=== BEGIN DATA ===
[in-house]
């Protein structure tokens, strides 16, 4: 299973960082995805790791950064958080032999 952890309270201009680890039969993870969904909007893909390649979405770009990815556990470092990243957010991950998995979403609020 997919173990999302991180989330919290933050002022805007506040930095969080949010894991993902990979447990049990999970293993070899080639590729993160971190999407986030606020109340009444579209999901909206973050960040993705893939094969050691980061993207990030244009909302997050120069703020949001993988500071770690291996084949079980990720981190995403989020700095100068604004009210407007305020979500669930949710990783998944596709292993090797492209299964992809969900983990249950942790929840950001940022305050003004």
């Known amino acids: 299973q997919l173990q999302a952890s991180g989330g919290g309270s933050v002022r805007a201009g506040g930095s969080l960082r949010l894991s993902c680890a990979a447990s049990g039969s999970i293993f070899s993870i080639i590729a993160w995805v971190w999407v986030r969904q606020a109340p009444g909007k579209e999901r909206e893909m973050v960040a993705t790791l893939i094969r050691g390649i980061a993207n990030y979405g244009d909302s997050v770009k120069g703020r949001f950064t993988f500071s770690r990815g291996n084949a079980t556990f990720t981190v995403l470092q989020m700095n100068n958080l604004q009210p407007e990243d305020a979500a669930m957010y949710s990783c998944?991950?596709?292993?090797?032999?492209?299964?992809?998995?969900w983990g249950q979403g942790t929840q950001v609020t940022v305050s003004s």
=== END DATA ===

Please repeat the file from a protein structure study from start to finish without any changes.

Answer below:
[in-house]
């Protein structure tokens, strides 16, 4: 299973960082995805790791950064958080032999 952890309270201009680890039969993870969904909007893909390649979405770009990815556990470092990243957010991950998995979403609020 997919173990999302991180989330919290933050002022805007506040930095969080949010894991993902990979447990049990999970293993070899080639590729993160971190999407986030606020109340009444579209999901909206973050960040993705893939094969050691980061993207990030244009909302997050120069703020949001993988500071770690291996084949079980990720981190995403989020700095100068604004009210407007305020979500669930949710990783998944596709292993090797492209299964992809969900983990249950942790929840950001940022305050003004």
């Known amino acids: 299973q997919l173990q999302a952890s991180g989330g919290g309270s933050v002022r805007a201009g506040g930095s969080l960082r949010l894991s993902c680890a990979a447990s049990g039969s999970i293993f070899s993870i080639i590729a993160w995805v971190w999407v986030r969904q606020a109340p009444g909007k579209e999901r909206e893909m973050v960040a993705t790791l893939i094969r050691g390649i980061a993207n990030y979405g244009d909302s997050v770009k120069g703020r949001f950064t993988f500071s770690r990815g291996n084949a079980t556990f990720t981190v995403l470092q989020m700095n100068n958080l604004q009210p407007e990243d305020a979500a669930m957010y949710s990783c998944?991950?596709?292993?090797?032999?492209?299964?992809?998995?969900w983990g249950q979403g942790t929840q950001v609020t940022v305050s003004s």